If a manually operated system is used, it is possible to measure or observe the deformation, which is done by an inspector, and the inspector can, if his observation reveals critical deformations, manually raise or lower the supporting member 2until the distance between the supporting rails 4 and the associated sliding gates 5 is within acceptable limits.

However, it should be clear that the only parameter which is registered, whether this registration takes place by means of photocells, electric contacts, or by visual inspection, is the clearance between the rails and gates, particularly wherethe present device is used in connection with large hangars. It is presumed that in most cases a manual adjustment of the hydraulic cylinders would be sufficient, but it might also be advantageous to provide for adjustment of the cylinders to take placeautomatically by letting specific distance between the rail and the gate start or stop the oil pumps, approximately corresponding to the jacking up of a "sliding casting frame" or a "climbing casting frame".

In FIGS. 3-8 there is illustrated a second example of how the device according to the present invention can find application.

In view of constantly increasing energy prices, the air volume to be heated in a building is of large economic consequence. Especially in connection with structures having large spans and tall supporting structures rendering large non-usablevolumes, for example in connection with large halls as workshops, hangars etc., this question is of substantial interest. If such buildings comprise large gates which often are opened, there will occur a frequent total exchange of air, which involveslarge losses of energy, and corresponding large installation costs as regards the means for heating for regaining the indoor temperature as fast as possible to a level at which the work activity may continue.

Generally, a solution for reducing the energy loss upon opening of gates, involves a membrane or an isolator at the lower edge of supporting structures, the membrane or the isolator preventing the outflow or the cooling of the upper air layerupon short gate opening.

In a building 1a which is illustrated in FIGS. 3 and 4 and which comprises corbelled main supporting members 2 extending in the one direction from an anchoring 3, as well as main supporting members 2x extending in the opposite direction to themain supporting member 2, but from the same anchoring 3, there is illustrated an example of secondary supporting members 8a and 8b, arranged between the main supporting members 2, 2x, respectively, and carrying a membrane 9a and 9b, respectively,preventing air exchange upon opening of sliding gates 5.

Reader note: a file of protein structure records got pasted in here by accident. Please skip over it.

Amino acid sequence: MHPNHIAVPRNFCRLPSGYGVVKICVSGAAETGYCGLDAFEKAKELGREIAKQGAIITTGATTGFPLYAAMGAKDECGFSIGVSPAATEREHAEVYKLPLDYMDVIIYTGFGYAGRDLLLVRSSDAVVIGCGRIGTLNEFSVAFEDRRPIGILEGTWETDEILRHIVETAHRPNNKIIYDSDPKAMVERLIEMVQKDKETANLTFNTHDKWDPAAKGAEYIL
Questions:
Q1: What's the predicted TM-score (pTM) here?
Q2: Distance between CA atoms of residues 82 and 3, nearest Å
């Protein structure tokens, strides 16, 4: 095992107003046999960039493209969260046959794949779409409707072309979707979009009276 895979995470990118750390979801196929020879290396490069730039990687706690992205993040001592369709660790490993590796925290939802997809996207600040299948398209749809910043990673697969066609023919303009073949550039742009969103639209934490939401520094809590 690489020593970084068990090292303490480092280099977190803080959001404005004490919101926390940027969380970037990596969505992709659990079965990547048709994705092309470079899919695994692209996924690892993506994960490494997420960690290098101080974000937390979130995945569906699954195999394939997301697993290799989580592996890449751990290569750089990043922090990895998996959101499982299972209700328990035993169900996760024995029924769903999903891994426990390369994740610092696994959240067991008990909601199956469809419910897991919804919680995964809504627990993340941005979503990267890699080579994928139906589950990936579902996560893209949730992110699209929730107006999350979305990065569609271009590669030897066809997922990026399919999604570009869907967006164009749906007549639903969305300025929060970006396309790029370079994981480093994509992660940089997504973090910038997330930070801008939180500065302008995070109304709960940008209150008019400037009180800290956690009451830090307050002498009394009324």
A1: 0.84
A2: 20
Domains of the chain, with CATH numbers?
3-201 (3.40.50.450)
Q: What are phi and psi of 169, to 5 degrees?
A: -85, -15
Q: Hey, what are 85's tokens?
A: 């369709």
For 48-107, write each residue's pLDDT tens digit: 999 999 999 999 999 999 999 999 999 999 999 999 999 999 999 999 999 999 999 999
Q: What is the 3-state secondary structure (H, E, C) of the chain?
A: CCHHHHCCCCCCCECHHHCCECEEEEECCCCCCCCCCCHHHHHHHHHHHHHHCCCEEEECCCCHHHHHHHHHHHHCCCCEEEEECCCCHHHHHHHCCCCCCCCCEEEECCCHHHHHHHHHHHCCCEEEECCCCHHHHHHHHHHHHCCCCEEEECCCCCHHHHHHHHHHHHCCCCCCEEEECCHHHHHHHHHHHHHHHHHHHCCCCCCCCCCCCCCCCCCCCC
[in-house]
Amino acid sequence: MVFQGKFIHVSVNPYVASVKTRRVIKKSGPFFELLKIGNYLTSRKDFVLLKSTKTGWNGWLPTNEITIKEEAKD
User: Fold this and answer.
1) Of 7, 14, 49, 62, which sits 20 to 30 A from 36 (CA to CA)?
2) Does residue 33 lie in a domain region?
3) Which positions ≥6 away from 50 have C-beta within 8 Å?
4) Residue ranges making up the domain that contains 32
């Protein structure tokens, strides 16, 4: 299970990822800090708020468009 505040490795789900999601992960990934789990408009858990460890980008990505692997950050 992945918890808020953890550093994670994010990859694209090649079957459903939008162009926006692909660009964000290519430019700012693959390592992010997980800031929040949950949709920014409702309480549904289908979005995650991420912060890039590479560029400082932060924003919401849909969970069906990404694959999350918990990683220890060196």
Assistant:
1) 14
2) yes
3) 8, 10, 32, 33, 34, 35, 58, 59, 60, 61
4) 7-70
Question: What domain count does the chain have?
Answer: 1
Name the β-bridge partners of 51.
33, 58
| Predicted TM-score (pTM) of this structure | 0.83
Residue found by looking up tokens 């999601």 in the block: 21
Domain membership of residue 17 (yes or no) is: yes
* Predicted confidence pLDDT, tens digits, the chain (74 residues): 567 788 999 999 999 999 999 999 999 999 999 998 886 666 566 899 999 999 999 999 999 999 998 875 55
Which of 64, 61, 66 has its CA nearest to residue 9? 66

A further development of the system involves the inclusion of displacement devices which can raise or lower the roof 10 between the main supporting members 2, 2x, the level of the roof being adapted to the room height required by the building forallowing mounting or driving access of the equipment or the vessel which are to enter the building. This arrangement including a roof which can be jacked up or down is especially useful in connection with for example airplane hangars, wherein the sizeof the airplanes is an unknown factor, especially as regards the renovation of the airplane fleet. The height to the ceiling can thus be varied in the same building according to requirements.

As regards walls and gates which are to be adapted to the adjustable roof, these may be shaped either such that they can be rebuilt in a relatively short period of time, or there may be used telescopic gates and walls. By using the lattertelescope solution, the desired roof height can be achieved in a few minutes by means of for example a mechanism controlling hydraulic units.

In FIGS. 5, 6 and 7 referring to a vertical section, a front view and a horizontal section, respectively, in connection with an embodiment for a telescopic gate 5a, the upper part of the gate 5a is via a control roller 11 mounted in a supportingrail 4a, which in turn is attached to the secondary supporting member 8, which constitutes a part of the roof 10.

The upper part 5b of the gate 5a will upon raising of the roof 10, be lifted together with the inner square tube 12 which is mounted in an outer square tube 13 for the achievment of a telescopic effect. Thus, the inner pipe 12 may slide in theouter pipe 13, and be locked in the desired position, by means of for example a locking bolt 14. At the top and at the far bottom of the gate 5a there are provided sealing brushes 15a and 15b, respectively. At the bottom, the gate is rolling on acarrier rail 6 by means of appropriate carrier wheels 16.

In FIG. 4 there is to the right illustrated a permanent wall 17 as well as a telescopic wall 18 constituting a sealing against the roof 10, and following this in the raising and lowering movements thereof. This telescopic wall can co-operatewith the raising and lowering of the secondary supporting members 8a, 8b, and the displacement devices effecting the raising and lowering may comprise climbing rods, jacks or similar devices.